FROM TIME to time, I compare surfing the Web to swimming in a sewer. You never know what kind of little nasty is going to attach itself to you and make life miserable.
That's what happened to several readers who complained about finding $50 to $200 worth of calls to pornographic Web site numbers on their phone bills.
None had ever told their computers to dial the numbers, although they remembered occasions when porn sites appeared unbidden in their Web browser.
Unfortunately, these folks have a serious problem on their hands. They or their kids have inadvertently downloaded a program that disconnects them from their dialup Internet service provider and silently dials a porn site, either through a 900 number or by an international toll call to Chad, Vanuatu, Moldova, Madagascar or some other country with outrageous connect charges.
Sometimes the victims have trouble figuring out just who charged them -- the only listing is a third-party billing company that doesn't want to hear complaints, or a long distance carrier whose customer service department says, "Tough luck, you made the call."
Removing a porn dialer from your PC can be just as difficult as having the charges removed from your phone bill. Clicking on the program's Uninstall icon will only trigger a program that reinstalls it. Even erasing the program files won't work -- they'll show up the next time you start up your computer.
How does all this happen to people who wouldn't be caught dead accessing a porn site? At least temporarily, they're losers in an ongoing war between surfers and people who want to plant software on their computers, either to spy on them or rip them off outright.
Porn dialers became popular a couple of years ago when fraud and charge-backs were so common on adult Web sites that banks and credit card companies would no longer do business with them. So the pornmasters chose another venue -- providing customers with software that would dial up the operator's ISP and charge the customer through his phone bill.
There's nothing inherently wrong with this as long as everything is upfront -- by that I mean that the customer knows what it's going to cost him.
Unfortunately, the temptation was too great for the real sleazeballs (and there are lots of them) who immediately figured out ways to sneak these programs onto users' machines.
Their targets are people with dial-up Internet connections. If you have broadband cable or DSL service and your computer's modem isn't hooked up to a phone line, they won't affect you, other than an annoying error message popping up when the program can't find the phone line.
In some cases, the surfer downloads the program under the misconception that he's installing a "free" porn viewer. In practice, it disconnects him from his regular ISP and silently dials a 900 domestic number or an overseas number that's billed at $3 to $6 a minute.
But just as often, the download is the result of misdirection. Frequently, it's triggered by clicking a "Cancel" or "Close" button on a Window that pops up when you mistakenly type in a variant of a common Web address that's been taken over by a porn site operator.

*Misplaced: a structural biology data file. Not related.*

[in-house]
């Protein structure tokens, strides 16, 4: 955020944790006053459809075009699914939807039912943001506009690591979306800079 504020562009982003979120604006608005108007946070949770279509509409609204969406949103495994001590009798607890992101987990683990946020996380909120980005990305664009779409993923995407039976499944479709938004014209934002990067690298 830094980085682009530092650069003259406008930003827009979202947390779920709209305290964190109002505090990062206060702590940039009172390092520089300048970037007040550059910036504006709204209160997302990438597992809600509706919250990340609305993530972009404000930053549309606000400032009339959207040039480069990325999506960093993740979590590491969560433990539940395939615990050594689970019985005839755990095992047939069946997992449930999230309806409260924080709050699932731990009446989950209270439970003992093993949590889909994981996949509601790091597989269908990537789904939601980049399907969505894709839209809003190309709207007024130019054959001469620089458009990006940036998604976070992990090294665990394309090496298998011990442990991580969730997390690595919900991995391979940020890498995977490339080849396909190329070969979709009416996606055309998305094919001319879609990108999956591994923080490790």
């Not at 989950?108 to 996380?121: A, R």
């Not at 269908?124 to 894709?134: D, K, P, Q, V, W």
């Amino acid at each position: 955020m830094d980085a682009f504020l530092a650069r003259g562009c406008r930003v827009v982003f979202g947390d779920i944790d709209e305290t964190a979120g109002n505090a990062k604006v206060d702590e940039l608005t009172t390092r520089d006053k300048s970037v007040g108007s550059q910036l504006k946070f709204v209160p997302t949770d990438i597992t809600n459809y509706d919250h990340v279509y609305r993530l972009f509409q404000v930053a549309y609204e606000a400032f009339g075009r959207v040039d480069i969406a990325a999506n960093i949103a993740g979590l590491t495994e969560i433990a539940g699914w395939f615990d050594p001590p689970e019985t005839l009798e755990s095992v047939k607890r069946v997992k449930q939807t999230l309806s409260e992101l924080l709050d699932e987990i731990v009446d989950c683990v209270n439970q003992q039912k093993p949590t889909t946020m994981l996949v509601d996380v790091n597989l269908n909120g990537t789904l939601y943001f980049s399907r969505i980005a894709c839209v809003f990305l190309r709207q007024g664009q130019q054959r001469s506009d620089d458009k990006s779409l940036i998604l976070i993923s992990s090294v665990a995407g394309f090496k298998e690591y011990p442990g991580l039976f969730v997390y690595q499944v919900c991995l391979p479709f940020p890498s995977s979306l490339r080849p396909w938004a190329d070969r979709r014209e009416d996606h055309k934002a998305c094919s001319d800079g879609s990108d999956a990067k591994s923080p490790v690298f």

In the worst cases, the infection is triggered merely by visiting a Web site with malicious code embedded in the page. These are known in the trade as "drive-by" downloads.
Some porn dialers place an icon on your Windows desktop. Clicking it will tell your modem to dial the porn site and start the meter. Others give you no warning at all: they dial automatically at odd hours if your computer's running. The first hint that you've been scammed is a gargantuan phone bill.
Porn dialers sink deep hooks into your PC, often burying themselves in the Windows registry, the database of arcane system information that controls almost everything your computer does. Digging them out requires editing the registry, a job that even professionals dislike because a mistake can render your computer useless.
The Federal Trade Commission has been fighting porn dial operators for years, but for each consent decree and refund the agency wins, new scammers pop up. Type "porn dialer" into a Google search bar and you'll find dozens of companies offering the service to Webmasters.
There's no easy method to rid your system of a porn dialer, but there are some ways to protect yourself. One is to install a good virus checker and a firewall such as Zone Alarm, or an all-in-one package such as the Norton Internet Security suite. Virus checkers can catch some porn dialers before they're installed, and a firewall can warn if an unauthorized program is trying to access the Internet.
Another option is a spyware detector, such as AdAware, which comes in both free and paid versions (www.lavasoftusa .com), and my new favorite, SpyBot Search and Destroy, a free utility that roots out adware, spyware, dialers and other pests. It's available at http://spybot.safer-networking.de.
Finally, pay attention when you're browsing the Web, especially when you get caught in a thicket of popup Windows. Never click inside one of these panes, because that can trigger a drive-by download. Always close a popup broswer window by clicking on the "X" in the upper right hand corner.
And be suspicious of any popup window that asks if you want to download a program. Unless you're absolutely sure it's legit, say no.